Juan Pablo Villaseñor’s Por Si No Te Vuelvo a Ver (1997) is the kind of small foreign film that slips by unnoticed—something more apt to happen with Spanish-language movies than, say, French ones. (Consider the fact that an utterly mediocre French film like My Wife Is an Actress (2001) got U.S. theatrical bookings, but this small charmer didn’t.) That’s the sort of thing that’s turning around, however, thanks to filmmakers like Guillermo del Toro, Alfonso Cuarón, Alejandro Amenábar and Alejandro González Iñárritu—and U.S. audiences starting to discover the world of Spanish and Mexican cinema outside the work of Almodóvar (not that there’s anything wrong with Almodóvar). This new awareness comes too late perhaps for this 1997 film, and it may not have helped much in any case. Por Si No Te Vuelvo a Ver has no great hook; it has no U.S. marketable stars; it’s not a terrifically flashy film. It is, however, a solidly crafted work with a terrific heart—and the performances to back it up.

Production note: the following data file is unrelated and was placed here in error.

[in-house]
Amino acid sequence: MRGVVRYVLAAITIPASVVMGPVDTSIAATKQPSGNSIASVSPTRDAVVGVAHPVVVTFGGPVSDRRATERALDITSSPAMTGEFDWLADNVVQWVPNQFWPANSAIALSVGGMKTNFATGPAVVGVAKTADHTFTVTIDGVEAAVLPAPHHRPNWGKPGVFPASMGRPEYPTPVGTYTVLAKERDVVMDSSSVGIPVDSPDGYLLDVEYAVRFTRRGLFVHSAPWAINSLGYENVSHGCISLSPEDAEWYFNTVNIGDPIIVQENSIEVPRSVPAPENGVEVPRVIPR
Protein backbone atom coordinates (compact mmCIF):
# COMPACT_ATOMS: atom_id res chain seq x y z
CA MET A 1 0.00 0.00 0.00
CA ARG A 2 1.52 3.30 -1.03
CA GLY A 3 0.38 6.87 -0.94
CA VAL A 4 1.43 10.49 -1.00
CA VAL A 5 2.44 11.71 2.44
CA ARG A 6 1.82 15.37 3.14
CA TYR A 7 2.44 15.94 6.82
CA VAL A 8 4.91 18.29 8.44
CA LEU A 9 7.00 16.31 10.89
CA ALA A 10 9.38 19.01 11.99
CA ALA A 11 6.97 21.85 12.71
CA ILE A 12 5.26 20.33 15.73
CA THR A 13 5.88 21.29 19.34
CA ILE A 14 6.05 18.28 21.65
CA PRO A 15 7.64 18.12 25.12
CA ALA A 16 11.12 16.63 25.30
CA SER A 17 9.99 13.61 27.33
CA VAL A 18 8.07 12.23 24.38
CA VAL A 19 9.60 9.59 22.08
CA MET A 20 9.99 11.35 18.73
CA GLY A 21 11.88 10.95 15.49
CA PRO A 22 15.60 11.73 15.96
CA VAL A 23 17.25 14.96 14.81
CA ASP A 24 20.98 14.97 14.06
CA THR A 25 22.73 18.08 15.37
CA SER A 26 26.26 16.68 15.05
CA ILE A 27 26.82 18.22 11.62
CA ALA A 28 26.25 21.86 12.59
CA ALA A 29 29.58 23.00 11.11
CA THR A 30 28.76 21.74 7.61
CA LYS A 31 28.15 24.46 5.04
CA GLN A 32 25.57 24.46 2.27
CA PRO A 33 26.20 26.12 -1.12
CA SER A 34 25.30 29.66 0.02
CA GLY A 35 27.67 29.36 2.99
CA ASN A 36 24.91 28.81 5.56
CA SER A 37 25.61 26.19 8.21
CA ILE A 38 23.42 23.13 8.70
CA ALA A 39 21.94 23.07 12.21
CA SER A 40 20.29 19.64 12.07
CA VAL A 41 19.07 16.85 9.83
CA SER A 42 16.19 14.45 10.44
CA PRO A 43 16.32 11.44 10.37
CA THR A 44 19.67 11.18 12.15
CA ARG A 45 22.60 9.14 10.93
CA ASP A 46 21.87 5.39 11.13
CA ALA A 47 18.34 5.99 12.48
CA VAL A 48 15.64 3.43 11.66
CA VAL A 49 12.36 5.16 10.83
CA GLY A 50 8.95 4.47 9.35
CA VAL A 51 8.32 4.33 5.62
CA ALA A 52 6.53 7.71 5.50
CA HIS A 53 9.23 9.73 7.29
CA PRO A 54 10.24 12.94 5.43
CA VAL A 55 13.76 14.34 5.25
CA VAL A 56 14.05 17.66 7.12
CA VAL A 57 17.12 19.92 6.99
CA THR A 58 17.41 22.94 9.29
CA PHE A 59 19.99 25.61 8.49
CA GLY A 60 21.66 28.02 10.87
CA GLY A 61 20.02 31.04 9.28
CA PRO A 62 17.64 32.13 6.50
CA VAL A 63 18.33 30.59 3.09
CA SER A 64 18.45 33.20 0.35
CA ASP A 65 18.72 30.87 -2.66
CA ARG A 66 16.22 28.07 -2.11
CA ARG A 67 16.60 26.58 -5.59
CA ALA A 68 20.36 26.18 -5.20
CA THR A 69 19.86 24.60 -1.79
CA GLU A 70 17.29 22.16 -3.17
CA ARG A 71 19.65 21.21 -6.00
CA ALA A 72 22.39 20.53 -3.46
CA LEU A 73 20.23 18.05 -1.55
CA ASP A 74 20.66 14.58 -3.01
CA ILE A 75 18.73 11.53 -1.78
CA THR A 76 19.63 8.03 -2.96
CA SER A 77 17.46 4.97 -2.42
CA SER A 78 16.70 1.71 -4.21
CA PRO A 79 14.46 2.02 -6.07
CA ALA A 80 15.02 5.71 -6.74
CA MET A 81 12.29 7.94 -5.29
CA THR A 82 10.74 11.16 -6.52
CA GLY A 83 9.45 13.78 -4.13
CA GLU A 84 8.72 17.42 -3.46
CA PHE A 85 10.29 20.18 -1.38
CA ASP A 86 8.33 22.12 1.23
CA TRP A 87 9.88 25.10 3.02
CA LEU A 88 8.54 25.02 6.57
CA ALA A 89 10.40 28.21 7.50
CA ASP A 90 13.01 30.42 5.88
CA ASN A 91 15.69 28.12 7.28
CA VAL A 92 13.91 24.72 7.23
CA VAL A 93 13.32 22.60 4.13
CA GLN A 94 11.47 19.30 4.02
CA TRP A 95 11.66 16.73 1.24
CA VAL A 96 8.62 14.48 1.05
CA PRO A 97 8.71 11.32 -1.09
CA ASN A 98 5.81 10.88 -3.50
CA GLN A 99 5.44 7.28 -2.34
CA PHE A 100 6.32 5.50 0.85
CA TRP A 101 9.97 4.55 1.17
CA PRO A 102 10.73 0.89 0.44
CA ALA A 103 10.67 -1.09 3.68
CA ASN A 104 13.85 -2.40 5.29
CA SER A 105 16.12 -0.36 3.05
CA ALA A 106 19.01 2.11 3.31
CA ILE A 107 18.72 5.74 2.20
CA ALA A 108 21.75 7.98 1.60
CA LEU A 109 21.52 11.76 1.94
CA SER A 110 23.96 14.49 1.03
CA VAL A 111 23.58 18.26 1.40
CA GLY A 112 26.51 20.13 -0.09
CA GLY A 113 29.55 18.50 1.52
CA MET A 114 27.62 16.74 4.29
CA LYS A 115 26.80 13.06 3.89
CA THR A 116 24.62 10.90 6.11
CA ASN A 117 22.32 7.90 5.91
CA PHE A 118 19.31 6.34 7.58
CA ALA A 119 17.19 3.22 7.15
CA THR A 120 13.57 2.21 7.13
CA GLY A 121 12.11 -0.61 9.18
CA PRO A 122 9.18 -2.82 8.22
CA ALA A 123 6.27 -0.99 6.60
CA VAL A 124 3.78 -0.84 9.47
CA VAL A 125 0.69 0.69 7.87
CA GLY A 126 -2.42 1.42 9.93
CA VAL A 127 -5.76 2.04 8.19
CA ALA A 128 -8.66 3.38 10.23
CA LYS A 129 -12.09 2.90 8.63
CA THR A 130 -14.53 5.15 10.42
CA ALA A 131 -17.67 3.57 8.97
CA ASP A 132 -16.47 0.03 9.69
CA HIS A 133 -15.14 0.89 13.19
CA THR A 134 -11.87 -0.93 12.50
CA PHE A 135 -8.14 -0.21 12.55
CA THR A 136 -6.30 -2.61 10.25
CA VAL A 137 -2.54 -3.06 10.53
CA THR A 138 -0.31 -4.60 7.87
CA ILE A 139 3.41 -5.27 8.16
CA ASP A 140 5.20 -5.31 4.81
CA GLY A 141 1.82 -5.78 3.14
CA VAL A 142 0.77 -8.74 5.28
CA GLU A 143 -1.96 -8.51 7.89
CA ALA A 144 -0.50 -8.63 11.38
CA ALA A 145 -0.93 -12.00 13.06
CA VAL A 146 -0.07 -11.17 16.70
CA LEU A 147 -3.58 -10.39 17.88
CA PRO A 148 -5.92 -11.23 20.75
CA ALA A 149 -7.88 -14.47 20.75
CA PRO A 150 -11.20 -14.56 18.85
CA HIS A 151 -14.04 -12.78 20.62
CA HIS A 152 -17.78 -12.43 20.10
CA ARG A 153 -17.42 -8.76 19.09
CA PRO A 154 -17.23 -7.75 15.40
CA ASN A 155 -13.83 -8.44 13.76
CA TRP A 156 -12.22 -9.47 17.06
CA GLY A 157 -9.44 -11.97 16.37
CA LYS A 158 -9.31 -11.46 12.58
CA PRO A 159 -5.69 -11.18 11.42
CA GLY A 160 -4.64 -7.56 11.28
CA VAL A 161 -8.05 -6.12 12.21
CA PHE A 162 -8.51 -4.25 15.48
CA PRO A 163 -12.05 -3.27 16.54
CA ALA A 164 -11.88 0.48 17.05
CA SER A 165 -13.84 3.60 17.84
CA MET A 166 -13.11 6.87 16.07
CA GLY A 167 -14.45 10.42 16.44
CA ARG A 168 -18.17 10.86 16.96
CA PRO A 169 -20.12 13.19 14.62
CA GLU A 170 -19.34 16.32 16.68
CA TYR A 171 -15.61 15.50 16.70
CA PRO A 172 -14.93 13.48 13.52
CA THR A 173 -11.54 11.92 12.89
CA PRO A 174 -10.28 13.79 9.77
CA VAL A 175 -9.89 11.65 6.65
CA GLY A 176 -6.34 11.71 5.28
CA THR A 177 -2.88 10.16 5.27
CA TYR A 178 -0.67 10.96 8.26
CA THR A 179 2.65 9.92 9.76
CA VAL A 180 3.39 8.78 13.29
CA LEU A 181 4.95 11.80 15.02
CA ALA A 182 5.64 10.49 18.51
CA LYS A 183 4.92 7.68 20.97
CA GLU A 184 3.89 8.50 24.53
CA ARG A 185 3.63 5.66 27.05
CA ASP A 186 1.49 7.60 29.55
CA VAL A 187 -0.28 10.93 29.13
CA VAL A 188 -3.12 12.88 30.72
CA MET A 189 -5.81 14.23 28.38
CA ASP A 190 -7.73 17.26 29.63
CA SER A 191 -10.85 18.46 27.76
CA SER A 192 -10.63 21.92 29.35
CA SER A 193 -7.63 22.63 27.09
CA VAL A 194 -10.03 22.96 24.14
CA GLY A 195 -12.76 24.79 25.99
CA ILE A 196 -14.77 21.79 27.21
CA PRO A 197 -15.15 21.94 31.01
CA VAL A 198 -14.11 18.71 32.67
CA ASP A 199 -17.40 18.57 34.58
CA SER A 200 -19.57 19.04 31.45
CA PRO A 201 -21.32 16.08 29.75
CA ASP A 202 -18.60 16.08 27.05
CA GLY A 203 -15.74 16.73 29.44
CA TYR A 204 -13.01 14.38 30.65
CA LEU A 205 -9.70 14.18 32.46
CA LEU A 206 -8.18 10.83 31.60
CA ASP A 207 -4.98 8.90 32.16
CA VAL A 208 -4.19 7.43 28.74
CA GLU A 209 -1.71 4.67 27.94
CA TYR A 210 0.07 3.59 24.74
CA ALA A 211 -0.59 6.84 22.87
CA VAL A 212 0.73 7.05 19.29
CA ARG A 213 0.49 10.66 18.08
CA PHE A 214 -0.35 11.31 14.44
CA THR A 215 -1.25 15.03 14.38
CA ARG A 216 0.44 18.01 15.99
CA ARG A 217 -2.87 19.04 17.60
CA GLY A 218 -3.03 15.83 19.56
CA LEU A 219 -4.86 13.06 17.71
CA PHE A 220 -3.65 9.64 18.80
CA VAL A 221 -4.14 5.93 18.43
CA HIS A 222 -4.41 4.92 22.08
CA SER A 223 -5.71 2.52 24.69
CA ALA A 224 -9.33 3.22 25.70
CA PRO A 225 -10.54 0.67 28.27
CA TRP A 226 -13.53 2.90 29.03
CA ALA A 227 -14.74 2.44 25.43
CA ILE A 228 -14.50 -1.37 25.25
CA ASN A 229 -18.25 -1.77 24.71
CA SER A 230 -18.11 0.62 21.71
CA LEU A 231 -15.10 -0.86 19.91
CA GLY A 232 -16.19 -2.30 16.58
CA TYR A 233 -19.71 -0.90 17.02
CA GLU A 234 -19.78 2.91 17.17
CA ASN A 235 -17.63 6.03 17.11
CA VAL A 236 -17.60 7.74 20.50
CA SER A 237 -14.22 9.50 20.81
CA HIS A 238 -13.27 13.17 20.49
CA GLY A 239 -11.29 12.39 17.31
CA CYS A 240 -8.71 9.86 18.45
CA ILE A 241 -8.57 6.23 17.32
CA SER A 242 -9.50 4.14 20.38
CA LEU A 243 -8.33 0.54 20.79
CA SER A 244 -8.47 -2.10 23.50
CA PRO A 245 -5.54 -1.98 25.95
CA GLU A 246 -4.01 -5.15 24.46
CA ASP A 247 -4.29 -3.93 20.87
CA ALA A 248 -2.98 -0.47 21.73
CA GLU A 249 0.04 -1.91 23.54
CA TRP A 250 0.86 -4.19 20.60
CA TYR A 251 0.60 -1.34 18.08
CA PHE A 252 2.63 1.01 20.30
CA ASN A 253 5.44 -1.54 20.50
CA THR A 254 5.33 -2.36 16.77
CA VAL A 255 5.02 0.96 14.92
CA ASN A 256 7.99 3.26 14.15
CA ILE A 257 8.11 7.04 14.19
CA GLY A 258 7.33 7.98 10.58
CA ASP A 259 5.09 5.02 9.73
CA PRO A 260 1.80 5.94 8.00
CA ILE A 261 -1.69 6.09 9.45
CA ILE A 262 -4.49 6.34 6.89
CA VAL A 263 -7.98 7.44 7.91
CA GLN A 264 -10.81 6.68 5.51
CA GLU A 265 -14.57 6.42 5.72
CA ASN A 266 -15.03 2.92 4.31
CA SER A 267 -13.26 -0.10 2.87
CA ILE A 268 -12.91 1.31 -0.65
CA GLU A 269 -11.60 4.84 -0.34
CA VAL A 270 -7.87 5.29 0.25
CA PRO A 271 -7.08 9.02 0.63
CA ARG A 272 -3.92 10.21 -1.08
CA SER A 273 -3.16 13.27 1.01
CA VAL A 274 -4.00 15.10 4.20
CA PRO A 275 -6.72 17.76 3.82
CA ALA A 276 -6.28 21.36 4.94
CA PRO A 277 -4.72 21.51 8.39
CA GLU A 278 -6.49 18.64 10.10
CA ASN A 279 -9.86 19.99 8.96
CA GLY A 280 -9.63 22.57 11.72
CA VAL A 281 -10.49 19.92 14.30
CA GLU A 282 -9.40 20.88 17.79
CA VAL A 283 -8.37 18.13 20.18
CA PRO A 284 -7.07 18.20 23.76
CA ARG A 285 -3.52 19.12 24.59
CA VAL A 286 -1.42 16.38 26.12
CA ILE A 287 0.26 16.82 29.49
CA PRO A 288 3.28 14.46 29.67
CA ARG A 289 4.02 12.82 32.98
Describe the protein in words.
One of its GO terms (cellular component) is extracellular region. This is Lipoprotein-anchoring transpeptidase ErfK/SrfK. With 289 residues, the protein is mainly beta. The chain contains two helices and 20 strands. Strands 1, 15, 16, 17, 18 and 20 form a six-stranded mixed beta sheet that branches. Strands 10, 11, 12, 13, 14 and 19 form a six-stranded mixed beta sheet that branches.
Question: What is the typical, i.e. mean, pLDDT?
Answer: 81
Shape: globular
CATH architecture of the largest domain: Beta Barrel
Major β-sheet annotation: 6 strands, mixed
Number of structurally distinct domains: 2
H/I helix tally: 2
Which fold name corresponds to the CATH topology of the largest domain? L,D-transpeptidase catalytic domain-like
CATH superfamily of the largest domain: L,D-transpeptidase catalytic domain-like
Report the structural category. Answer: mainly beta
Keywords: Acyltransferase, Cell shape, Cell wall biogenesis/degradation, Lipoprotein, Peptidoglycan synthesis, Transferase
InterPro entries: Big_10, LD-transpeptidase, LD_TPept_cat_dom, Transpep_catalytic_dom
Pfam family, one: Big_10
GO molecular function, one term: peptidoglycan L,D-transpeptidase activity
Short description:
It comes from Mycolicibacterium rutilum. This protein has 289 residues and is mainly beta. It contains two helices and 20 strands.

Villaseñor’s film follows the late life adventures of a group of old codgers who’ve been shunted into a rather grim nursing home where they try to occupy themselves by forming a small dance band—something that mostly affords them the opportunity to tell each other, “You suck.” This changes when another resident, Rosita (Blanca Torres), dies. Rosita had requested before her death that the band leader, Bruno (Jorge Galván), take her ashes to a relative, Margarita (Leticia Huijara), who is then to take them to their final resting place in Tijuana. The hitch with this seemingly simple idea is that Margarita—a stripper and sometime prostitute—has no desire to go to Tijuana. Instead, she gives Bruno money to go there himself, but Bruno ends up using the money to bail Margarita out of jail on a morals charge. The situation becomes ever more complicated as Bruno is joined by his bandmates. Bruno manages to get the band a job playing at various strip clubs. The band isn’t very good, but they become useful for unknowingly transporting drugs in their instrument cases—and who really goes to these clubs for the music anyway? This is just the setup as the plot keeps evolving and complicating itself (in a thoroughly engaging way), while Villaseñor’s actual point is an examination of old age and the fact that hope and dreams never die regardless of it. It’s a sweet, simple little work that pays emotional dividends. Por Si No Te Vuelvo a Ver mayn’t be groundbreaking cinema, but when you compare it to the sort of feel-good guff that gets produced in Hollywood, it’s a breath of fresh air.
— reviewed by Ken Hanke